I’ve never met a cop with more than two years on the job who didn’t either work lots of overtime or have what we call a “side job.” There were officers on my own department who were able to double their paychecks consistently with overtime pay. Generally, overtime pay is either governed by federal labor law or your union contract; most cops make additional money by working extra shifts, going to court, or volunteering for specialty assignments such as local festivals, parades, high school football games, any place the community demands extra police presence. Some agencies also have “cash jobs,” usually managed by the union or the benevolent association, which are sanctioned by the agency but the pay comes separate from your regular paycheck; these are usually security details at places like teen clubs, shopping centers, and even large funerals. While teaching in Salt Lake City recently I met some academy trainers, all full time local cops, who worked part time as security guards at a gated community near the city. It was great money, the duty was low stress, and these guys had the opportunity to help their citizens feel safer; a win/win for everyone.

Promotions, Cost of Living, and Retirement

Starting salary should not be the only pay factor you look at when researching a department. What is the raise structure, are they periodic “step” raises, or are they based entirely on merit? Where does cost of living factor into salary increases? If you get promoted, is the raise worth the change in status? In my department, officers and sergeants received overtime pay, lieutenants did not, so as a senior sergeant I ended up making more money than a senior lieutenant, even though we often worked the same amount of hours. How much of your salary goes into a pension fund and who manages it? Do you have the opportunity to invest in other retirement funds, such as a deferred compensation fund? These are all great questions to ask your recruiter.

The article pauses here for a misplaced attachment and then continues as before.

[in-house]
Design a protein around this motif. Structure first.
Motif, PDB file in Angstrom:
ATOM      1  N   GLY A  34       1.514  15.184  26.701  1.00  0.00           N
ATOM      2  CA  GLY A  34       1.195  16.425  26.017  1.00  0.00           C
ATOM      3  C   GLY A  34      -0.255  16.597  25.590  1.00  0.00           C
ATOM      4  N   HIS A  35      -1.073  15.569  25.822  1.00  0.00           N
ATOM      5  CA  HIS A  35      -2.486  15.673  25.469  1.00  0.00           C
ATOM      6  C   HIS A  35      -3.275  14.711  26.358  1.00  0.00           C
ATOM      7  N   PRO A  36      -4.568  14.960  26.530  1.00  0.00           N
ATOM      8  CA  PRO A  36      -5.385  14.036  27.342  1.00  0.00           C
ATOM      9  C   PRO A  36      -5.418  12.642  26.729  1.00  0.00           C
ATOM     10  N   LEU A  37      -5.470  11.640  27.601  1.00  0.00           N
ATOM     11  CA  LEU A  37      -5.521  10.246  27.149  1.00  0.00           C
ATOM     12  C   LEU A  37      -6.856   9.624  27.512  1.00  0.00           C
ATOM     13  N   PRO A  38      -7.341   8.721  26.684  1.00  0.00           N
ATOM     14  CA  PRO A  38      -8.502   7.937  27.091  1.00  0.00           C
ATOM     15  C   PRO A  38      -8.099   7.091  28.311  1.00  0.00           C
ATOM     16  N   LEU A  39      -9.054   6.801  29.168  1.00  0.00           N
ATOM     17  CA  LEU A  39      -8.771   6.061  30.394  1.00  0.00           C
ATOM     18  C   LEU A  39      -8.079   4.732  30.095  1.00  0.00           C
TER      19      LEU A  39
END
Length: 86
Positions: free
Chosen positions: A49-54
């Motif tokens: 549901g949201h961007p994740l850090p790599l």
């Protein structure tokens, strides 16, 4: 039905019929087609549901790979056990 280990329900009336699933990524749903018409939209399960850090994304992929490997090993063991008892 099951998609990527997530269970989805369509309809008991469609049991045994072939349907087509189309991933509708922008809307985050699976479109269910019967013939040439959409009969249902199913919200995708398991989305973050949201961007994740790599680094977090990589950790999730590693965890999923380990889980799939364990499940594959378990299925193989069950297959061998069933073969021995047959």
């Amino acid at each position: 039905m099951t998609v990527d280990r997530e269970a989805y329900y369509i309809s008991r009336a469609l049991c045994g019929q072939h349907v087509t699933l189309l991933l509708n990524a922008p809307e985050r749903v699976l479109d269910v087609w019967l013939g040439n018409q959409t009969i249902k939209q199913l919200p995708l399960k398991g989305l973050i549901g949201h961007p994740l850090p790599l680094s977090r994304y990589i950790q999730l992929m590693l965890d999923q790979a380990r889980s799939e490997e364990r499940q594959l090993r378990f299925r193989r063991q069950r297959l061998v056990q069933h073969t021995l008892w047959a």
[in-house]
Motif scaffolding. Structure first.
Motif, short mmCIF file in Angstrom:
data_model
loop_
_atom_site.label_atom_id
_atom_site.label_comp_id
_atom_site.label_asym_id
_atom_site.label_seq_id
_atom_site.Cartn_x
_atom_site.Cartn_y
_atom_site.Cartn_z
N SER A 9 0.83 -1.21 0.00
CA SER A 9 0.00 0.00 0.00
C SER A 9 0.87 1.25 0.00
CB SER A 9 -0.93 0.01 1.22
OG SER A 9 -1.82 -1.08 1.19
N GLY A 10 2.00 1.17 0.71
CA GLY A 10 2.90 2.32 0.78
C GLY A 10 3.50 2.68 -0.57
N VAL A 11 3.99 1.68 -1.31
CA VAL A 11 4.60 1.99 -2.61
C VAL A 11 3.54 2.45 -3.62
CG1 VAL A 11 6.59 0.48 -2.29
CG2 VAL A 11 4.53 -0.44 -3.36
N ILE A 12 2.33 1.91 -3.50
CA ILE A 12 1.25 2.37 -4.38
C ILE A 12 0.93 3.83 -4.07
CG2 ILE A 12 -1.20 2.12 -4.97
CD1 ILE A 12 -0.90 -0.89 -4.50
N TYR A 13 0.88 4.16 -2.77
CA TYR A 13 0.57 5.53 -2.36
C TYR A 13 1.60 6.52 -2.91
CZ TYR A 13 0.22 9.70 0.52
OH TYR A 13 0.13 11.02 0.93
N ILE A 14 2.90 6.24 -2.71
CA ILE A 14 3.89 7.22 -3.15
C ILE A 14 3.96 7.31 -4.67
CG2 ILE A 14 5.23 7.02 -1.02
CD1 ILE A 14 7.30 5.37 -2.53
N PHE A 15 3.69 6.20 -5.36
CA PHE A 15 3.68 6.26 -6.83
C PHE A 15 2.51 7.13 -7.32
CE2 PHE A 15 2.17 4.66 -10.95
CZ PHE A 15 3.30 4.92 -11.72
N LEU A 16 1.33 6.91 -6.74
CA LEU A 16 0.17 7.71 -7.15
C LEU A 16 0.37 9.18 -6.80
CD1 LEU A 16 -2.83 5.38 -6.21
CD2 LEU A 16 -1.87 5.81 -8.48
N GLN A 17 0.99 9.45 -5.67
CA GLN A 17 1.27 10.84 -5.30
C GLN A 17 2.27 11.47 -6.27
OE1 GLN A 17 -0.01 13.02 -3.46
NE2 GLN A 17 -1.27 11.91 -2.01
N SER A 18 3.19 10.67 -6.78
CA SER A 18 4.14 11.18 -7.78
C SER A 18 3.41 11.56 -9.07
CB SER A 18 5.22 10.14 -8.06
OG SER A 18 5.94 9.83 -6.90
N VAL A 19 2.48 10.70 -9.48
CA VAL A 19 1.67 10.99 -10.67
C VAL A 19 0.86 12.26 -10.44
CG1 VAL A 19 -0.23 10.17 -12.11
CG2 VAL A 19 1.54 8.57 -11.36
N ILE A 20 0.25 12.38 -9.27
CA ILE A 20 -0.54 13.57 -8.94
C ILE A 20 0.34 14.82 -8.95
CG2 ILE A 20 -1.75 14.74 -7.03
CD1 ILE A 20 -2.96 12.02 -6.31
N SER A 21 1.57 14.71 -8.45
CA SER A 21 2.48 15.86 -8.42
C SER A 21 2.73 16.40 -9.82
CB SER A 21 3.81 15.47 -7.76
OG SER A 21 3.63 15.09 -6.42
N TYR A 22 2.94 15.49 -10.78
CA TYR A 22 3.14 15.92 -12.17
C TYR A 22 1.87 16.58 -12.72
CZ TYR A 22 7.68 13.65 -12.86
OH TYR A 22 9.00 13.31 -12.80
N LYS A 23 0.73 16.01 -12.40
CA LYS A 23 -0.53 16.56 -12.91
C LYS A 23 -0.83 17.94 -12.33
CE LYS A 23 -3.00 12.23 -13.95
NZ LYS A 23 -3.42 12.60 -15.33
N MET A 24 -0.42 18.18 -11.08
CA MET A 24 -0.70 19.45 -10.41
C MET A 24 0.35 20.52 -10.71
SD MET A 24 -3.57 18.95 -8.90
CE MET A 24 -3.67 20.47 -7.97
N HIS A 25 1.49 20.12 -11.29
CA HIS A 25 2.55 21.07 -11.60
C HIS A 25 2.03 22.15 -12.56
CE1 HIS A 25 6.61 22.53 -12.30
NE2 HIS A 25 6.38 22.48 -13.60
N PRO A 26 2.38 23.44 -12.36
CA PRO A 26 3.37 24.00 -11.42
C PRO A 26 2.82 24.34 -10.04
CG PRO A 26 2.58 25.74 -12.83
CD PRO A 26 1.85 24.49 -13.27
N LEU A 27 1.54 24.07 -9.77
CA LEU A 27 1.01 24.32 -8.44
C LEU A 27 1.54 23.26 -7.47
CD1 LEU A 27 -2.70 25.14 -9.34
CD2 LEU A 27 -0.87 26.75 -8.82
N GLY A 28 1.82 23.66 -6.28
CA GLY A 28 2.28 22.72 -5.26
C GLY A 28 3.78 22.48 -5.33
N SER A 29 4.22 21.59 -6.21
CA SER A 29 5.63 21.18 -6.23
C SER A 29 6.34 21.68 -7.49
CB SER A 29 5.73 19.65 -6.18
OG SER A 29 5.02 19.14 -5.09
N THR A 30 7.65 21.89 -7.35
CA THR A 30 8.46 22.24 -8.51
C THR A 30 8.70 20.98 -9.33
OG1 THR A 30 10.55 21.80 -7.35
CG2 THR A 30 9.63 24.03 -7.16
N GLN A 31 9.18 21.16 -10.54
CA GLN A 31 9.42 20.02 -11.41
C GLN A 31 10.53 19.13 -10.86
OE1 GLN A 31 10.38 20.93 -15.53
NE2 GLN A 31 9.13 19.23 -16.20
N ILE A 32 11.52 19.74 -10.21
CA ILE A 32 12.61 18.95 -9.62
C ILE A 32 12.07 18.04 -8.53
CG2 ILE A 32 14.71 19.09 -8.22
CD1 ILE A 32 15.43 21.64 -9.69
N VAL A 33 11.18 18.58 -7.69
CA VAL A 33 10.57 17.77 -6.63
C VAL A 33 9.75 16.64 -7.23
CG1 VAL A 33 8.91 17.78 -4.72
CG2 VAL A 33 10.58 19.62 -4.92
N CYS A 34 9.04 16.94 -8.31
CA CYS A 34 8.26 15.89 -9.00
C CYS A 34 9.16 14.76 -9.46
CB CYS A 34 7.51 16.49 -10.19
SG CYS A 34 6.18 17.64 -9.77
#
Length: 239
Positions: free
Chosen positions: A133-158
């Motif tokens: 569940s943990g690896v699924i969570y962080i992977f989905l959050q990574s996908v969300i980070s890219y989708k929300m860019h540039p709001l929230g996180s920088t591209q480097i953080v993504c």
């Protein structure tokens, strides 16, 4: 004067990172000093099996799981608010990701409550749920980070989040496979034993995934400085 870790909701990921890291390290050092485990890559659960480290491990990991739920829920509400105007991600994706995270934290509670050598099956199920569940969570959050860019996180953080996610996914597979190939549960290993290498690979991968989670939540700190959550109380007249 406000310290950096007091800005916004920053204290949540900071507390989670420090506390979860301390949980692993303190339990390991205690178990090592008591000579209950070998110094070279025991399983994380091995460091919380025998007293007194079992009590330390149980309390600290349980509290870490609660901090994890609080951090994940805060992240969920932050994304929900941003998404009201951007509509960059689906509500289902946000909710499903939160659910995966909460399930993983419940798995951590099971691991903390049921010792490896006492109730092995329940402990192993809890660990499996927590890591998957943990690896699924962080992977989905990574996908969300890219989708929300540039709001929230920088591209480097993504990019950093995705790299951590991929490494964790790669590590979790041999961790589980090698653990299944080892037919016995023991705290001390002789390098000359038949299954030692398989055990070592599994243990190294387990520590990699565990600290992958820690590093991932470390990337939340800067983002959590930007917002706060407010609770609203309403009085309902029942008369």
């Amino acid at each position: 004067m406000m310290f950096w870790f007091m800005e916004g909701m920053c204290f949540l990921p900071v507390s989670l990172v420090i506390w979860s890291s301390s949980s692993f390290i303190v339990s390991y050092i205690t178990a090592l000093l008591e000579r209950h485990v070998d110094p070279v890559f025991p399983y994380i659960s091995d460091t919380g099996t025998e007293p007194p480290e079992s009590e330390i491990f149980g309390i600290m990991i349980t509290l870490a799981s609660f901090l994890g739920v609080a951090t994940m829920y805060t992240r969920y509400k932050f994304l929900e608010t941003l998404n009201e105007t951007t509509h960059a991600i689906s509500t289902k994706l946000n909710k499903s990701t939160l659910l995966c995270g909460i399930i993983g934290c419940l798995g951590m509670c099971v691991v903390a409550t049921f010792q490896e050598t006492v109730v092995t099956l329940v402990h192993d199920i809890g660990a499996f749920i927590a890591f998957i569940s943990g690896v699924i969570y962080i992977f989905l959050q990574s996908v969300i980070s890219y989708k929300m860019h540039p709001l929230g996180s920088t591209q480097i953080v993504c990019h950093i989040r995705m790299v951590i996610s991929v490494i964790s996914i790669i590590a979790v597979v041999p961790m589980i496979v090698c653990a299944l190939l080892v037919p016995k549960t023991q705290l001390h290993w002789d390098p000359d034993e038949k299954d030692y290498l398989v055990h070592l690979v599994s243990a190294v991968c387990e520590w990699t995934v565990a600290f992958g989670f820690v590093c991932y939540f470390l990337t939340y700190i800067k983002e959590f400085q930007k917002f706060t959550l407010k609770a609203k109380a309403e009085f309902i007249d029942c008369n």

Don’t Fall Into Credit Traps

Generally speaking, even in today’s economy a police job is a pretty secure one, and predatory creditors know this. Don’t fall into the common trap of signing up for all those credit card and signature loan offers that come in the mail or your bank tries to sign you up for. Dr. Kevin Gilmartin, author of Emotional Survival for Law Enforcement, emphasizes that police officers must control their “retail therapy,” resist the urge to go into debt, and learn to live within their means. I’ve known many police officers over the years who became so dependant on their overtime or side job incomes that when that extra money dried up, they nearly went bankrupt. Police work is stressful enough without having to worry about money.

This bottom line is this: If you’re going into this profession for the money, don’t bother. Law enforcement is a lifestyle, a profession, a calling; it’s not merely a way to earn a living. It can be a great way to support you and your family, it’s an adventure, it’s something different every day, and it’s definitely a career to be proud of; consider the financial rewards to be a bonus. Good luck!